Pay increases LO5479

Tobin Quereau (
Fri, 9 Feb 1996 10:25:46 -0600 (CST)

Replying to LO5447 --

On 8 Feb 1996, Roxanne S. Abbas wrote:

> Yesterday, I was talking with a compensation specialist with one of the
> largest financial services companies in the U.S. She told me a story of
> how the compensation staff had been challenged by an employee in a meeting
> where they were presenting next year's compensation plan which was based
> on a 3% pay increase budget. They were asked how the voice of the
> customer was considered in this plan. This question opened up a
> discussion of identifying the real customer of the employee compensation
> plan. The corporate compensation staff had determined their customer to
> be the stockholders since this was the group who was paying for the pay
> increases. And since stockholders have a clear goal that the company
> maximize profits, the compensation staff saw their charge to be to
> minimize payroll costs without causing too much turnover. The employees
> felt they were the customers. My own mental model says that the employees
> are "paying" for their own pay increases with their time and their labor.
> A pay increase is not a gift that is given by the company.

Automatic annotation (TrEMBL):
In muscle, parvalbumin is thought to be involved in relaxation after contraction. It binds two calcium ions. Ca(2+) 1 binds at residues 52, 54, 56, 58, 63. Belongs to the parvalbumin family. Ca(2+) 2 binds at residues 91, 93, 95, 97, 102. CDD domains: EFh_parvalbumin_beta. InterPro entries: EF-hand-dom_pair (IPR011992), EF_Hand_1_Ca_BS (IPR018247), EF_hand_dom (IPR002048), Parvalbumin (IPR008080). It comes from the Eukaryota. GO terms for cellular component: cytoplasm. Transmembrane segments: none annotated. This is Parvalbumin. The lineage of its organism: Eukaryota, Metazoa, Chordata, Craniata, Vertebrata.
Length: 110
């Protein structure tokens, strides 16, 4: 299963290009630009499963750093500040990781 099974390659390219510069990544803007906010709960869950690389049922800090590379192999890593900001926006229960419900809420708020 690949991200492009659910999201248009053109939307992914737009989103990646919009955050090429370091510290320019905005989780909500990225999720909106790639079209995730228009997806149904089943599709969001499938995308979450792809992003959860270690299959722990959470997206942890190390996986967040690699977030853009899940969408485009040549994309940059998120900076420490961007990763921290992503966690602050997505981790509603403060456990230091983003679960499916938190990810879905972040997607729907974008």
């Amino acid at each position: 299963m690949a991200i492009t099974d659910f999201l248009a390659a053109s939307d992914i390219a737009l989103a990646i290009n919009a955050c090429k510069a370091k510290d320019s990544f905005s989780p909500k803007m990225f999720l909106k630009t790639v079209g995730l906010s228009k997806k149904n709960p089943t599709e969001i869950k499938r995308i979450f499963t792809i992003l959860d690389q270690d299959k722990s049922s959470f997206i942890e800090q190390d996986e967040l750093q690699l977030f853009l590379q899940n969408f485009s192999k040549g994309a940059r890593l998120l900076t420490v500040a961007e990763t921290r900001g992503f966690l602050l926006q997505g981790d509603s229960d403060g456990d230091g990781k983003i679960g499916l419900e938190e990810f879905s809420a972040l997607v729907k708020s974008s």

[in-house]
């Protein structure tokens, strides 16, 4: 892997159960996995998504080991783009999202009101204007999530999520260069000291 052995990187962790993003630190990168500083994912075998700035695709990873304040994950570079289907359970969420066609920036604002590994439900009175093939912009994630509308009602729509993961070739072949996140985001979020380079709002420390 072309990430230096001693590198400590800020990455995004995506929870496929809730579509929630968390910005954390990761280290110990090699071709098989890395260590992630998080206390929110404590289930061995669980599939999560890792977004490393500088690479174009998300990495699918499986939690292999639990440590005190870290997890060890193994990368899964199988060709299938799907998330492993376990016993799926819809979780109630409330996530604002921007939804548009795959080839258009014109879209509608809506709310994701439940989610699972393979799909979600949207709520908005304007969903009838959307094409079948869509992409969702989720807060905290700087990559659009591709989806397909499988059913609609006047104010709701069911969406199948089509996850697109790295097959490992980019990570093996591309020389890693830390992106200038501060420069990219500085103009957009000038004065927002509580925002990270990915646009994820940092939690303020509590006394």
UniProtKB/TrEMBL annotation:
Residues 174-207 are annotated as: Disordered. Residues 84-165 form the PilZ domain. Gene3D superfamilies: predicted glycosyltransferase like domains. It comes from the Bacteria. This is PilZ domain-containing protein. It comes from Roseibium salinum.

> Their thinking helps to explain the small increases that employees are
> receiving even as dividends sore. I'm interested in how others view this
> question: Who is the customer of the compensation staff? Who should the
> pay plan be designed to serve?

This note, Roxanne, raises issues related to the earlier posts on the
"two-tiered" pay system--one for workers and one for executives. Could it
be that the "customers" might be seen differently in these two groups? Is
it possible that the customers of the compensation staff are the customers
of the organization? Surely they are the ones who are "paying" for
everything! If the pay is inadequate, the customers will find lower
quality products and services and respond accordingly. If the pay is
exhorbitant, the customers will balk at the added costs--unless the
quality of products and services is equally out of line with the

Perhaps we could use another metaphor and look at it in the sense of a
healthy balance as in any organism. Too lean a mix and we get unnecessary
stress and damage to the system--maybe even anorexia? Too rich a mix and
we get problems of excess weight and clogging of the arteries.

Personally, along with Herzberg, I think the issue of pay is largely one
of potential dissatisfaction more than a true motivator. So rather than
the quantity of the pay, we may want to work on how we flavor our work
with a variety of spices and textures to make it more attractive and

I'd better stop here, I'm beginning to feel a snack attack coming on...

Tobin Quereau
Austin Community College

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